July 16, 2016: Fundamental & Clinical Pharmacology
Imene Nakib, Marie-France Martin-Eauclaire, Fatima Laraba-Djebari
Bot III neurotoxin is the most lethal α neurotoxin purified from Buthus occitanus tunetanus scorpion venom. This toxin binds to the voltage-gated sodium channel of excitable cells and blocks its inactivation, inducing an increased release of neurotransmitters (acetylcholine and catecholamines). This study aims to elucidate the involvement of cholinergic and adrenergic receptors in pathogenesis and inflammatory response triggered by this toxin. Injection of Bot III to animals induces an increase of peroxidase activities, an imbalance of oxidative status, tissue damages in lung parenchyma, and myocardium correlated with metabolic disorders...
October 2016: Inflammation
Ali Sayqal, Yun Xu, Drupad K Trivedi, Najla AlMasoud, David I Ellis, Nicholas J W Rattray, Royston Goodacre
Efflux pumps are critically important membrane components that play a crucial role in strain tolerance in Pseudomonas putida to antibiotics and aromatic hydrocarbons that result in these toxicants being expelled from the bacteria. Here, the effect of propranolol on P. putida was examined by sudden addition of 0.2, 0.4 and 0.6 mg mL-1 of this β-blocker to several strains of P. putida, including the wild type DOT-T1E and the efflux pump knockout mutants DOT-T1E-PS28 and DOT-T1E-18. Bacterial viability measurements reveal that the efflux pump TtgABC plays a more important role than the TtgGHI pump in strain tolerance to propranolol...
2016: PloS One
Mette M Berger, Olivier Pantet
PURPOSE OF REVIEW: After major progress in the 1980s of burn resuscitation resulting, the last years' research has focused on modulation of metabolic response and optimization of substrate utilization. The persisting variability of clinical practice is confirmed and results in difficult comparisons between burn centers. RECENT FINDINGS: Recent research explores intracellular mechanisms of the massive metabolic turmoil observed after burns: very early alterations at the mitochondrial level largely explain the hypermetabolic response, with a diminished coupling of oxygen consumption and ATP production...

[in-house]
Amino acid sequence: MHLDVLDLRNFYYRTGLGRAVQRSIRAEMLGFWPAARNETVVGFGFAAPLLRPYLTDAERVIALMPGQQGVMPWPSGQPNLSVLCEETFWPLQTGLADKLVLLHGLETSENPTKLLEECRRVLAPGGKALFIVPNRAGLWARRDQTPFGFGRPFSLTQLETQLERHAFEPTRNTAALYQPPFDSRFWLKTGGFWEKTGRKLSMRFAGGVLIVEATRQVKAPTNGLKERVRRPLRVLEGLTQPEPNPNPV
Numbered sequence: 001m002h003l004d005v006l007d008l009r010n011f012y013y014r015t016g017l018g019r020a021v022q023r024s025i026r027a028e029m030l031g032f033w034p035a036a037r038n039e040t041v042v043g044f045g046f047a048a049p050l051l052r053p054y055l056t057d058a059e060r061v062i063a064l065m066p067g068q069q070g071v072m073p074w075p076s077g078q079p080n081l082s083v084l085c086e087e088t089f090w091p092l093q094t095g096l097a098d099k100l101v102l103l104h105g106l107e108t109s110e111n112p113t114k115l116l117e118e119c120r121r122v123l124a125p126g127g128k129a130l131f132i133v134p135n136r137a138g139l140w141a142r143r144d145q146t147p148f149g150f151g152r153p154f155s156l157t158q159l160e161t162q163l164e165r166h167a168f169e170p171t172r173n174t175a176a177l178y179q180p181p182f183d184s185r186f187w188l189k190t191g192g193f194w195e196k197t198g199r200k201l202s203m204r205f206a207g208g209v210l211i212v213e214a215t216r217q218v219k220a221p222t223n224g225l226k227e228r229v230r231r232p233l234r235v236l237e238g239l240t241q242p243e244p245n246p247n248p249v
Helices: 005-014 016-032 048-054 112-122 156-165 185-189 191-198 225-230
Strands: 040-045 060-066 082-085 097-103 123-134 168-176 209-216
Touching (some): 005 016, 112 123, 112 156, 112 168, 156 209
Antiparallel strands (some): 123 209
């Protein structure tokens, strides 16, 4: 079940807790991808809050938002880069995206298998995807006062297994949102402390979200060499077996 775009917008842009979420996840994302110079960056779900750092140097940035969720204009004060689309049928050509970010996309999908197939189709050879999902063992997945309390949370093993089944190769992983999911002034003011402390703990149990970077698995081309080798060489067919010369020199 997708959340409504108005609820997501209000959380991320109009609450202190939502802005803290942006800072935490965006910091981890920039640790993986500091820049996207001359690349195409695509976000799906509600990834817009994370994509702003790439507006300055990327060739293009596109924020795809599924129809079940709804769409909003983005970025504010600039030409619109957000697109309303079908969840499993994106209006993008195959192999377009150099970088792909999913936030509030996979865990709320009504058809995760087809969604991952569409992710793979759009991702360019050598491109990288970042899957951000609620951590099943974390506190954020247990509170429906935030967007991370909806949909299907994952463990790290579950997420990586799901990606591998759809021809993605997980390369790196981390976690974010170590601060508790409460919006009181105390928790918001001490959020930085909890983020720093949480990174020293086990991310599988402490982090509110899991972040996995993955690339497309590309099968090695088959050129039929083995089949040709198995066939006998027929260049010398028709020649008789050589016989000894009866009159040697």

August 2016: Current Opinion in Critical Care
Mile Stanojcic, Celeste C Finnerty, Marc G Jeschke
PURPOSE OF REVIEW: A complex network of hormones and other effectors characterize the hypermetabolic response in critical illness; these mediators work together to induce numerous pathophysiologic alterations. Increased incidence of infection, multiorgan failure, long-term debilitation, delays in rehabilitation, and death result from an inability to meet the prohibitively elevated protein and energy requirements, which occur during illness and can persist for several years. Pharmacologic interventions have been successfully utilized to attenuate particular aspects of the hypermetabolic response; these modalities are a component of managing critically ill patients - including those patients with severe burns...
August 2016: Current Opinion in Critical Care
P I Jewo, I O Fadeyibi
Severe burns trigger a wide range of responses in the victim. Initial vascular changes are followed by hypermetabolic, inflammatory and immunologic changes. The prolonged hypermetabolic response is associated with an elevated resting rate of energy consumption, tissue wasting and altered substrate kinetics. There is increased blood glucose though insulin levels are above normal. The cortisol level is raised and, together with catecholamine, drives the metabolic response. The immune system is typically weakened...
June 30, 2015: Annals of Burns and Fire Disasters
Rowena Cayabyab, Rangasamy Ramanathan